By Hamid Imeni

Lost in my memories I remembered the first half of 1981 when for a few months a movie named “I want to live” starring Fara Foste was on Tehran’s silver screens.  At that time it was about two months since I had fled from a Revolutionary Guards prison, only a few days before my execution. Therefore, I fully understood the moral objective sought in that film.

I suddenly remembered the thousands of prisoners who before being executed did not even give their names to the henchmen, and the regime posted their pictures asking their families to identify their children at the forensics. The families, after paying the gun-squad charges of their own children’s execution, would finally receive their dead bodies! Although this may seem unbelievable, but it is truly painstaking for a father to pay for the bullets that killed his own son, just to receive his dead body! All of them loved life and had devoted their all struggling for it.

Although this movie had a social theme, it always left this question in the viewer’s mind: what is justice and where can it be found? In what rusty charter can human rights truly be sought? The value of the life of a human being is measured according to what scale? And many other questions in my occupied nation that always made me think and I am continuing my struggle in the quest for these answers. However, this time around, in a prison ironically called ‘Liberty’. What a name, because it is ridiculing all human values.

I ask the entire world for what ‘crime’ did 25 people lose their lives as a result of a criminal medical siege… no, no, I have to correct myself (one must respect the value of a word) because they literally suffered to death!

I was lot in these thoughts when I suddenly began thinking of Jesus Christ, who was crucified by dictators and extremist groups of that time due to their deep inhumane hatred towards this messenger of compassion and emancipation, and many of his followers who were also crucified in this cause. This is the method and customs of all dictators through the generations. However, based on the historical stage, mechanisms change in each period of mankind’s history, yet the goal is always one: annihilating humanity, its values, causes and …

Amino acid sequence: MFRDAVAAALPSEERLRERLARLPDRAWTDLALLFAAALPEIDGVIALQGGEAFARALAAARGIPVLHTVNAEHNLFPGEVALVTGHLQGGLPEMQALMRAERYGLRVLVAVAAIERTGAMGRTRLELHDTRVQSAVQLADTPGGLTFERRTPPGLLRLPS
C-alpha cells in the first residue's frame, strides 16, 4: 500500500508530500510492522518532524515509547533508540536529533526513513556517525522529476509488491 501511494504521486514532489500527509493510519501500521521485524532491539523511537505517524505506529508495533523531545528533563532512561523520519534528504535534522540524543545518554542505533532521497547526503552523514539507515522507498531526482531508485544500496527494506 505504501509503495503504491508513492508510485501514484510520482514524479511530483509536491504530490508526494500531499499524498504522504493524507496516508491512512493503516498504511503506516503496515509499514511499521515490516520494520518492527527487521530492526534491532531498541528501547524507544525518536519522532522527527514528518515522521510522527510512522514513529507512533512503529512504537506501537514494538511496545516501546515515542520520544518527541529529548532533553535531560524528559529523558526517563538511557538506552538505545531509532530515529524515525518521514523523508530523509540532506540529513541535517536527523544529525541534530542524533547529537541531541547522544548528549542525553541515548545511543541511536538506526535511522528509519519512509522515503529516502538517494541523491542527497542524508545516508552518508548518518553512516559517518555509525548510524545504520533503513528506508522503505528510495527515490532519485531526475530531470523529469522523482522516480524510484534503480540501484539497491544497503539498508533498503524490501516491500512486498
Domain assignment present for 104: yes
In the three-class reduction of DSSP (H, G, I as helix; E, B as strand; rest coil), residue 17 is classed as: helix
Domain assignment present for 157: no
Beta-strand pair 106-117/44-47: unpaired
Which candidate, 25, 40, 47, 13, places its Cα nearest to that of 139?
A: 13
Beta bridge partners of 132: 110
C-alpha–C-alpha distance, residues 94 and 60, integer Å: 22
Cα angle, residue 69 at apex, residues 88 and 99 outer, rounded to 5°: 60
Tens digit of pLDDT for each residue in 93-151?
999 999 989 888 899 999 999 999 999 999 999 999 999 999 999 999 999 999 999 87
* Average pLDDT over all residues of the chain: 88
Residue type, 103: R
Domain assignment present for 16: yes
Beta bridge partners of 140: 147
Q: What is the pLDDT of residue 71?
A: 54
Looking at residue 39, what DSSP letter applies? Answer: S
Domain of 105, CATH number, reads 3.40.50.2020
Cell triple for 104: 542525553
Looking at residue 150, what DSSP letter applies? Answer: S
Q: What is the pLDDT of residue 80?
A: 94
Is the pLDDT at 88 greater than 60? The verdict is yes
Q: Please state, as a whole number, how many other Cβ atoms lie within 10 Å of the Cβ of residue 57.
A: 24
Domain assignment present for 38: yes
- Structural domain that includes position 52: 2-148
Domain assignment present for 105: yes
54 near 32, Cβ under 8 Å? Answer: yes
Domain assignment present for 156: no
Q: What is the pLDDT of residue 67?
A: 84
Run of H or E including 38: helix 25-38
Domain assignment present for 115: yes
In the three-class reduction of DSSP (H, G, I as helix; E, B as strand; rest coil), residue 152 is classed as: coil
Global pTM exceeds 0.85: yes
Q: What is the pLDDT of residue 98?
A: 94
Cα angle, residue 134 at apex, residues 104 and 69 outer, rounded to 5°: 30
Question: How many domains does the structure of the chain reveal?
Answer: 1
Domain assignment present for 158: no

One night in Liberty I felt full of anger, and to soothe my pains I could only think of my memories with a number of these friends who lost their lives as a result of the medical siege. Mehdi1 who used to say they think I will give up my goals to ask for a medical specialist appointment, or to be transferred to a Baghdad hospital and/or have a turn to receive chemotherapy; never! I looked at his pale face for some time, and I saw nothing but utter perseverance. While he could hardly talk, he continued to say: While “I want to live” to continue my struggle, the love of sacrificing for the freedom of my nation, is truly something special.

Yes, this was how each of them left, in higher spirits than the one before, and gave us hope and confidence. And I asked myself what kind of a test is this that has come before us…? It was with these memories that I fell asleep.

In the middle of the night, suddenly the sounds of a massive explosion broke my sleep. One after another… I asked myself, where should I go? In these match-box trailers that have no protection, with only a thin layer separating the inside from the outdoors, a missile hit somewhere very close. All the glasses shattered and I quickly threw myself outside. I saw Mostafa2, trying to find shelter, being hit by 20 shrapnel and being drenched in blood. All the 30 years of memories I had with him ran before my eyes. From another corner I could hear the pains of those wounded. I didn’t know what to do. Finally, I decided to take Mostafa and the others injured to a clinic while the missile barrage continued. We didn’t even have a stretcher. An hour later one of my friends who had accompanied the injured returned, weeping, looking at the sky, saying Mostafa passed away…

Imagine living in this camp where you cannot feel secure for a single second. Are these the international obligations promised about our rights before transferring from Camp Ashraf to Camp Liberty? Therefore, to retake these rights, “I want to live” to be the voice of the oppressed in my nation, to challenge injustice, to end the shadows of the religious fascism ruling my country, so that I would never witness my country’s children, girls and women being sold abroad in the new yet filthy sex slave market. And if they asked to what extent am I willing to continue this struggle, I will say until eternity, just as Christ was crucified and became eternal.